For over 100 years now in the United States, the first Monday in September has been called Labor Day. The original Labor Day, however, was celebrated on a Tuesday (September 5, 1882) in New York City. It was organized by the Central Labor Union, and it wasn’t until 1884 that the first Monday in September was selected as the official day of Labor Day — or, as it was then called, “the workingmen’s holiday.”
On its website, the U.S. Department of Labor says this about Labor Day:
It is a creation of the labor movement and is dedicated to the social and economic achievements of American workers…. The vital force of labor added materially to the highest standard of living and the greatest production the world has ever known and has brought us closer to the realization of our traditional ideals of economic and political democracy.
But did you know that none of this is accurate?
The fact is, there’s one and only one way to increase employee pay while simultaneously shortening employee hours — and that one way has nothing at all to do with labor unions.
It’s through advances in technology:
By replacing bare hands with shovels, by replacing shovels with tractors, by replacing tractors with new inventions, and so on — that is the only way to ease the plight of the worker.
As the economist Joseph Schumpeter put it, technological advances are what in turn enable businesses to produce ever more with ever less, and this is the only thing that advances standards of living, including worker wages and worker hours.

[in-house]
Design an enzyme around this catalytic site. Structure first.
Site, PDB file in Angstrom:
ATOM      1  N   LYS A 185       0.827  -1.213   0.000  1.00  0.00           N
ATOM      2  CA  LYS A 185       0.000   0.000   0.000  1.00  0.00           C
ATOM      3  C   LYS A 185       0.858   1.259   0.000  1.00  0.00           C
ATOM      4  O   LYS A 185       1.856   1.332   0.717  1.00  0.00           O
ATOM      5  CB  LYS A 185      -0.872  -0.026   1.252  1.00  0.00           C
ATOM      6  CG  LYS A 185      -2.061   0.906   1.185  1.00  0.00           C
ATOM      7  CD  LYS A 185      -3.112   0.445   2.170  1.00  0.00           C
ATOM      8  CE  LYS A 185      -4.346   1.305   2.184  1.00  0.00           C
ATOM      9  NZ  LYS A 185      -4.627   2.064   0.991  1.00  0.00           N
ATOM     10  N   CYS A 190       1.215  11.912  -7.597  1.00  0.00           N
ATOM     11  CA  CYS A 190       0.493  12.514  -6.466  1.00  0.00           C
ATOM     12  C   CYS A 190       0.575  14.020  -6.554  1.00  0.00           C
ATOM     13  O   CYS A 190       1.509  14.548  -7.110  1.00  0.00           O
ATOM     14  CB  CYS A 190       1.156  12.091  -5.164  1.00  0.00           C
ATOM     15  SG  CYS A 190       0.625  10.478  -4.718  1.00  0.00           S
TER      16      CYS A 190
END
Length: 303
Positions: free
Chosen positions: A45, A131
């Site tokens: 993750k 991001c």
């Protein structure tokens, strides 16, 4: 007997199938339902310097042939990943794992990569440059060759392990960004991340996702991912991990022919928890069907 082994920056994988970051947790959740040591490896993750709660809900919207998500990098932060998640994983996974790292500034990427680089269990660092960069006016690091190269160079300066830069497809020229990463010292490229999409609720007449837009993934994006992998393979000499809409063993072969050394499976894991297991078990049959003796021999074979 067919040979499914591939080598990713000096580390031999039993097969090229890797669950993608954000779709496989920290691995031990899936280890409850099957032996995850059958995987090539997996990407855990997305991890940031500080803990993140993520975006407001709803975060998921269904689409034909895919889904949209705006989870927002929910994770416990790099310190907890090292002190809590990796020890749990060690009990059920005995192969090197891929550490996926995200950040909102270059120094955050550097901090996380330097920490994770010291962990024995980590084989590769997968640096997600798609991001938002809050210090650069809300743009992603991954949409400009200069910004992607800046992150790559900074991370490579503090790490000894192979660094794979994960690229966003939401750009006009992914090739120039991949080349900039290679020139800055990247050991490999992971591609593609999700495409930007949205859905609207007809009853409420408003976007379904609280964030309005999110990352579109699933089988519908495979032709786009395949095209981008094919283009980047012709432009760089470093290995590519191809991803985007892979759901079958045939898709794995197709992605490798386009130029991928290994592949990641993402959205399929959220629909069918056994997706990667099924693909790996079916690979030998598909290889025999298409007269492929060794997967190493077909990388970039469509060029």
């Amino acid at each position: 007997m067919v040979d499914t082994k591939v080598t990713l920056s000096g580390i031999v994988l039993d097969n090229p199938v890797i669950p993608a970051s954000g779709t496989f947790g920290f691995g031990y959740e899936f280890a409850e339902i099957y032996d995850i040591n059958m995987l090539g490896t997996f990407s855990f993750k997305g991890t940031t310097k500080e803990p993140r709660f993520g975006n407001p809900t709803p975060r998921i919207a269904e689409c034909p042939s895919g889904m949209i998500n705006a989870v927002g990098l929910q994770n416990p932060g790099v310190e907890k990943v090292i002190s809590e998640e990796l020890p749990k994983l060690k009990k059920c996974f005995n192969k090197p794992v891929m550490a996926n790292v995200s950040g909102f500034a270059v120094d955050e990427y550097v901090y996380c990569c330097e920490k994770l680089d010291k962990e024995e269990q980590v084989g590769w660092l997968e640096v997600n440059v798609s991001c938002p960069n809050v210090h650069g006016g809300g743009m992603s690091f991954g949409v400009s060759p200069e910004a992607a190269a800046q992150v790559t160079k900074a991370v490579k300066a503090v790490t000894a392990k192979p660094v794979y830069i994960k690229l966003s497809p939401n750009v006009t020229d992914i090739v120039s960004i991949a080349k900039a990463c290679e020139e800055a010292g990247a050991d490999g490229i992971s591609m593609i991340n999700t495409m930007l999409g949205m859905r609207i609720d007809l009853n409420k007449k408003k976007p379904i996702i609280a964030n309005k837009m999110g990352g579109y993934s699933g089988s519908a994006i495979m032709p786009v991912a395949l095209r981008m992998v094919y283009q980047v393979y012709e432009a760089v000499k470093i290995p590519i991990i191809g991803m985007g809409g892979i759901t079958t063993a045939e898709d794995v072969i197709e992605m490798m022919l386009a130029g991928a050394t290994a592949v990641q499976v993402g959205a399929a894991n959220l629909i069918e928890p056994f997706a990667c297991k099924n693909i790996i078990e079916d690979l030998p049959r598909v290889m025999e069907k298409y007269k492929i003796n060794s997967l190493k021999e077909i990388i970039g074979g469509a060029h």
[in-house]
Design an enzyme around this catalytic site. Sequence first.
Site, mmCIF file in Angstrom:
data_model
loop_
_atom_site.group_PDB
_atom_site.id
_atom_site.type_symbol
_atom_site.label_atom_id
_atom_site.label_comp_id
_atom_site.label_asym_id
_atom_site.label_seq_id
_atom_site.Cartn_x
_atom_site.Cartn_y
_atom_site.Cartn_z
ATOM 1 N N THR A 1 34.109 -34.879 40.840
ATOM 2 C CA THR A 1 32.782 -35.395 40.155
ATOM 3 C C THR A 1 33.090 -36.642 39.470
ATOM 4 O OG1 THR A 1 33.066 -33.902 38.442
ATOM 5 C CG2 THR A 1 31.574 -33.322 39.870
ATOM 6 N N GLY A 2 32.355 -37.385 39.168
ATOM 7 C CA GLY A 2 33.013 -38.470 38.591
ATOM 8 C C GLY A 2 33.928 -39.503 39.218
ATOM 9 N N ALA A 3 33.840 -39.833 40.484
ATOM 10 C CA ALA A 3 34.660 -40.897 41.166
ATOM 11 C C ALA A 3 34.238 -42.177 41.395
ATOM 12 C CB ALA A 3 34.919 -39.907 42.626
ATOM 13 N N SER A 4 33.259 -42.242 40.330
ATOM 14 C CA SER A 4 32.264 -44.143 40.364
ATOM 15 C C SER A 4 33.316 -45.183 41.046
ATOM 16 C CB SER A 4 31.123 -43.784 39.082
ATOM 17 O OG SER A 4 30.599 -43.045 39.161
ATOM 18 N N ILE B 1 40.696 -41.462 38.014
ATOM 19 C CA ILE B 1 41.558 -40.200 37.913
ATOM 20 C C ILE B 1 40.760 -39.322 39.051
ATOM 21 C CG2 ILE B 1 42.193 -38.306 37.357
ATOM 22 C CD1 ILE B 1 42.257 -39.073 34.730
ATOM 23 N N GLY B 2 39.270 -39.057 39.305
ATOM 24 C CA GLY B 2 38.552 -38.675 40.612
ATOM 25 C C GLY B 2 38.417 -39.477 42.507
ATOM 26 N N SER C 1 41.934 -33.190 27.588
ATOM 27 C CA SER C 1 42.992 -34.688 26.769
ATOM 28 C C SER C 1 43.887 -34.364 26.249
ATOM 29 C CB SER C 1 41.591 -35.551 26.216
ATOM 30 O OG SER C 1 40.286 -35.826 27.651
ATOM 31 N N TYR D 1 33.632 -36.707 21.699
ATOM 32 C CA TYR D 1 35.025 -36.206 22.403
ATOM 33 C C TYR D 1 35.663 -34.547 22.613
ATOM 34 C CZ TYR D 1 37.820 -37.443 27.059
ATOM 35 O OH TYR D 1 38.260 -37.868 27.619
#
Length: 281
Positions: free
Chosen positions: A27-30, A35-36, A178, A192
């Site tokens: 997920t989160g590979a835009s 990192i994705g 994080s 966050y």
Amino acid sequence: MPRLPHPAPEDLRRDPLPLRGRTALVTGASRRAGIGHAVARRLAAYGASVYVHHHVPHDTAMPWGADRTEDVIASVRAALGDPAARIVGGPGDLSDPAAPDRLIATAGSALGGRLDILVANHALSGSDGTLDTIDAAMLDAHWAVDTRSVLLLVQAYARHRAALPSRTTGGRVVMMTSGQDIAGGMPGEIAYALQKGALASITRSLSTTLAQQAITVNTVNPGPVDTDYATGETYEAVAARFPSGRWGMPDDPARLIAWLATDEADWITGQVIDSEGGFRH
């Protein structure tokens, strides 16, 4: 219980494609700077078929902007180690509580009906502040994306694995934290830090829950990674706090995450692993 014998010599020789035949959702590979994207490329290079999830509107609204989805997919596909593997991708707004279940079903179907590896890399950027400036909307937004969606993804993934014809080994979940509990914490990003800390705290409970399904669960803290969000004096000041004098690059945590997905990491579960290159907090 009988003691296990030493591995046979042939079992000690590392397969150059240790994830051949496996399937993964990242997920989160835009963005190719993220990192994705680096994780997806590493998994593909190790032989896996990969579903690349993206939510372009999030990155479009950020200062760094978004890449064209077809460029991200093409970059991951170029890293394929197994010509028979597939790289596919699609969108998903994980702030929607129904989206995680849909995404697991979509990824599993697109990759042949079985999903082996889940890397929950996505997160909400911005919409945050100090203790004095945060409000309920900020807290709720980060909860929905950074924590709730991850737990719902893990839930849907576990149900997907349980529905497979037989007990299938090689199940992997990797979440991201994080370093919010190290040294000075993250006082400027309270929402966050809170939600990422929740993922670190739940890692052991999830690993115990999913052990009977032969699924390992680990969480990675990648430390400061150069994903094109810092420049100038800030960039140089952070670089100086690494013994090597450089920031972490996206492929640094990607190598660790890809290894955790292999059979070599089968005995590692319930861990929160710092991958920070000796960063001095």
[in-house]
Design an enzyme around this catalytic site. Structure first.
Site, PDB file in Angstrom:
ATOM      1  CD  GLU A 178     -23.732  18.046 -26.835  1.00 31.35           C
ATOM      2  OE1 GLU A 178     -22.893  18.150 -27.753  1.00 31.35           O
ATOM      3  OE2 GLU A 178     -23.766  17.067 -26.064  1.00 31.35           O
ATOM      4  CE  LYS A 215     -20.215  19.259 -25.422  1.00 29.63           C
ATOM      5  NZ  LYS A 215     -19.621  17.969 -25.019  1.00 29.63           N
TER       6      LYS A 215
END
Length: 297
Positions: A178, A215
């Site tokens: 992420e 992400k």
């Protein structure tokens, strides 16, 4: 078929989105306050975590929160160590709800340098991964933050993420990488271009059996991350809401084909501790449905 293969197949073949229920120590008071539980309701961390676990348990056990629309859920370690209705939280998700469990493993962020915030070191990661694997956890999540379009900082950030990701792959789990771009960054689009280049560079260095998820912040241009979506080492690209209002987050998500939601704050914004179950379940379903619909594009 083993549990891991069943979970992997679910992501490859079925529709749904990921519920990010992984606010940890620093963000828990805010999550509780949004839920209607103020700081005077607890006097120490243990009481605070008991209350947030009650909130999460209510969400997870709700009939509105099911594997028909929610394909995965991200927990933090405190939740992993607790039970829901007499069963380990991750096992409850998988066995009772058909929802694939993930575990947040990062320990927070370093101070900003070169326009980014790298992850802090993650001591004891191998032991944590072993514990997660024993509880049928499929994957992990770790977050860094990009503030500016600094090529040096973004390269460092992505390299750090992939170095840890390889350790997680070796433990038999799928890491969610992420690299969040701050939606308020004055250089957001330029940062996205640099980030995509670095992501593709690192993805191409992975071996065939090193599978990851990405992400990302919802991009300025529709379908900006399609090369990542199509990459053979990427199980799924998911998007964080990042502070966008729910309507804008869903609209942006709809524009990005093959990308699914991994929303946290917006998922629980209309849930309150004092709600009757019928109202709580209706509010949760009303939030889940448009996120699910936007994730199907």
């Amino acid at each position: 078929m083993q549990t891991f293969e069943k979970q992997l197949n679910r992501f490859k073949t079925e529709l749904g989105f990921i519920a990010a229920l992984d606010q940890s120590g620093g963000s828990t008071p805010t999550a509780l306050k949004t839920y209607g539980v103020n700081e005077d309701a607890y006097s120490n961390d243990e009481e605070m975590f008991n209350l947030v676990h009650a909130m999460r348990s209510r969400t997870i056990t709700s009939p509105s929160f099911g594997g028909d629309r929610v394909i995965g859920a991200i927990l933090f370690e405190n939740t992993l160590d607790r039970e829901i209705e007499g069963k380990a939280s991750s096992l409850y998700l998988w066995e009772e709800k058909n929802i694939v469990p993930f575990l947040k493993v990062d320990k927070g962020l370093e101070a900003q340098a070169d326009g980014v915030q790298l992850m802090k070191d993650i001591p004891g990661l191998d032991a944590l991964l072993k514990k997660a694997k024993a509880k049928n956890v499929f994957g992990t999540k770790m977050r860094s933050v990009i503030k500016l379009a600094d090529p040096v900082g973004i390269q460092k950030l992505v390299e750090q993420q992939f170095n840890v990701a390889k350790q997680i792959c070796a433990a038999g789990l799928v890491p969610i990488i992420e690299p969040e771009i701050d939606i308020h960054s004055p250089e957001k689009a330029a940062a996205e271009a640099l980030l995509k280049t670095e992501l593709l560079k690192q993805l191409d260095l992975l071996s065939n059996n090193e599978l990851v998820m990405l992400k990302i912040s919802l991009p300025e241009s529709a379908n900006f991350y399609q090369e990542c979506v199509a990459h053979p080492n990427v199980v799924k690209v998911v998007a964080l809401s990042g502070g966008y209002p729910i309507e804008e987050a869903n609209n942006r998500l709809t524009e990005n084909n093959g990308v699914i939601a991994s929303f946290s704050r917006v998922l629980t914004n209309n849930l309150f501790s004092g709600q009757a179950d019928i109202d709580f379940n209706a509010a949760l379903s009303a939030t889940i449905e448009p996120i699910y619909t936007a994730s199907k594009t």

Technology, which capital investment fosters, is and always has been the one and only way to raise the standard of living — for everyone:
[P]retty much all of the gains from the Industrial Revolution went to unskilled labor: rents barely changed, therefore the gains from industrialization were not absorbed by landowners; interest rates barely changed, therefore the gains from industrialization were not absorbed by capitalists; wages — particularly unskilled wages — exploded. The idea that collective bargaining was necessary to prevent worker exploitation is a historical myth (Professor Art Carden, “Labor Day And Freedom,” 2008).
It is for this reason that the capitalists are the people whom we should truly celebrate on Labor Day — not the union thugs with their hatred and their long history of violence toward anyone like me who are not and never will be a union member.